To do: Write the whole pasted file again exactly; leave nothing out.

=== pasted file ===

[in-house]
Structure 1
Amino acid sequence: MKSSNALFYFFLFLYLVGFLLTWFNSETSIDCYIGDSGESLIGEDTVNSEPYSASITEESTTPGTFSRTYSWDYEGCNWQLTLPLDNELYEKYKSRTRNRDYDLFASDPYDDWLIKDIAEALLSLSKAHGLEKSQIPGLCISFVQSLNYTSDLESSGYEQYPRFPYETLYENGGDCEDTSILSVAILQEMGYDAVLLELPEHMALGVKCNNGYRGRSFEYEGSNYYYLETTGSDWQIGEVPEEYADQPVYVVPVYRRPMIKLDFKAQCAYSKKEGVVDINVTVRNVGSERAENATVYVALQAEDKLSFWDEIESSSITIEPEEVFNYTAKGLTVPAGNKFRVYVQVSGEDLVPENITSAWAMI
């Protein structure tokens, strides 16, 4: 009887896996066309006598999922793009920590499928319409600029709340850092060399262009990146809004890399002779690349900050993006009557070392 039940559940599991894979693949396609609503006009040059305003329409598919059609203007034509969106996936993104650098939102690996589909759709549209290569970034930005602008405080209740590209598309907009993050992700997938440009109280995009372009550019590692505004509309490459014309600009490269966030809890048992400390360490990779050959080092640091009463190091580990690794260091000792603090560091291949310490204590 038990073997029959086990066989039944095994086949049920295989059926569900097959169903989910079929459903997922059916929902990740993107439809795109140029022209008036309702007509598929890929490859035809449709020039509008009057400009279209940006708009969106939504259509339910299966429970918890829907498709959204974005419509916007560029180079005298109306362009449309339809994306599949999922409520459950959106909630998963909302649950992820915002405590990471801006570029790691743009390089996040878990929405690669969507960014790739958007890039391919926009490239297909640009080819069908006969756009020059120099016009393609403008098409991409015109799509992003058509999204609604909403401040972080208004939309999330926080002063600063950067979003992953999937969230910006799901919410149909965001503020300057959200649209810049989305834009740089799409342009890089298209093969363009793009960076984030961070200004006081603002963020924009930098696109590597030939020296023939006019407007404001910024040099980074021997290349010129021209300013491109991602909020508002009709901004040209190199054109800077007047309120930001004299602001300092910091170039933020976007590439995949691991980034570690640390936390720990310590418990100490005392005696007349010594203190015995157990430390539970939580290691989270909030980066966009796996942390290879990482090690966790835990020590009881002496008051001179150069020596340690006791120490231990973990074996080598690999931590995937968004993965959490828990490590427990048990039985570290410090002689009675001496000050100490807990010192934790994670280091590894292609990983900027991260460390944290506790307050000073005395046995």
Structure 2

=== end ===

[in-house]
Structure 1
Amino acid sequence: MKSSNALFYFFLFLYLVGFLLTWFNSETSIDCYIGDSGESLIGEDTVNSEPYSASITEESTTPGTFSRTYSWDYEGCNWQLTLPLDNELYEKYKSRTRNRDYDLFASDPYDDWLIKDIAEALLSLSKAHGLEKSQIPGLCISFVQSLNYTSDLESSGYEQYPRFPYETLYENGGDCEDTSILSVAILQEMGYDAVLLELPEHMALGVKCNNGYRGRSFEYEGSNYYYLETTGSDWQIGEVPEEYADQPVYVVPVYRRPMIKLDFKAQCAYSKKEGVVDINVTVRNVGSERAENATVYVALQAEDKLSFWDEIESSSITIEPEEVFNYTAKGLTVPAGNKFRVYVQVSGEDLVPENITSAWAMI
């Protein structure tokens, strides 16, 4: 009887896996066309006598999922793009920590499928319409600029709340850092060399262009990146809004890399002779690349900050993006009557070392 039940559940599991894979693949396609609503006009040059305003329409598919059609203007034509969106996936993104650098939102690996589909759709549209290569970034930005602008405080209740590209598309907009993050992700997938440009109280995009372009550019590692505004509309490459014309600009490269966030809890048992400390360490990779050959080092640091009463190091580990690794260091000792603090560091291949310490204590 038990073997029959086990066989039944095994086949049920295989059926569900097959169903989910079929459903997922059916929902990740993107439809795109140029022209008036309702007509598929890929490859035809449709020039509008009057400009279209940006708009969106939504259509339910299966429970918890829907498709959204974005419509916007560029180079005298109306362009449309339809994306599949999922409520459950959106909630998963909302649950992820915002405590990471801006570029790691743009390089996040878990929405690669969507960014790739958007890039391919926009490239297909640009080819069908006969756009020059120099016009393609403008098409991409015109799509992003058509999204609604909403401040972080208004939309999330926080002063600063950067979003992953999937969230910006799901919410149909965001503020300057959200649209810049989305834009740089799409342009890089298209093969363009793009960076984030961070200004006081603002963020924009930098696109590597030939020296023939006019407007404001910024040099980074021997290349010129021209300013491109991602909020508002009709901004040209190199054109800077007047309120930001004299602001300092910091170039933020976007590439995949691991980034570690640390936390720990310590418990100490005392005696007349010594203190015995157990430390539970939580290691989270909030980066966009796996942390290879990482090690966790835990020590009881002496008051001179150069020596340690006791120490231990973990074996080598690999931590995937968004993965959490828990490590427990048990039985570290410090002689009675001496000050100490807990010192934790994670280091590894292609990983900027991260460390944290506790307050000073005395046995």
Structure 2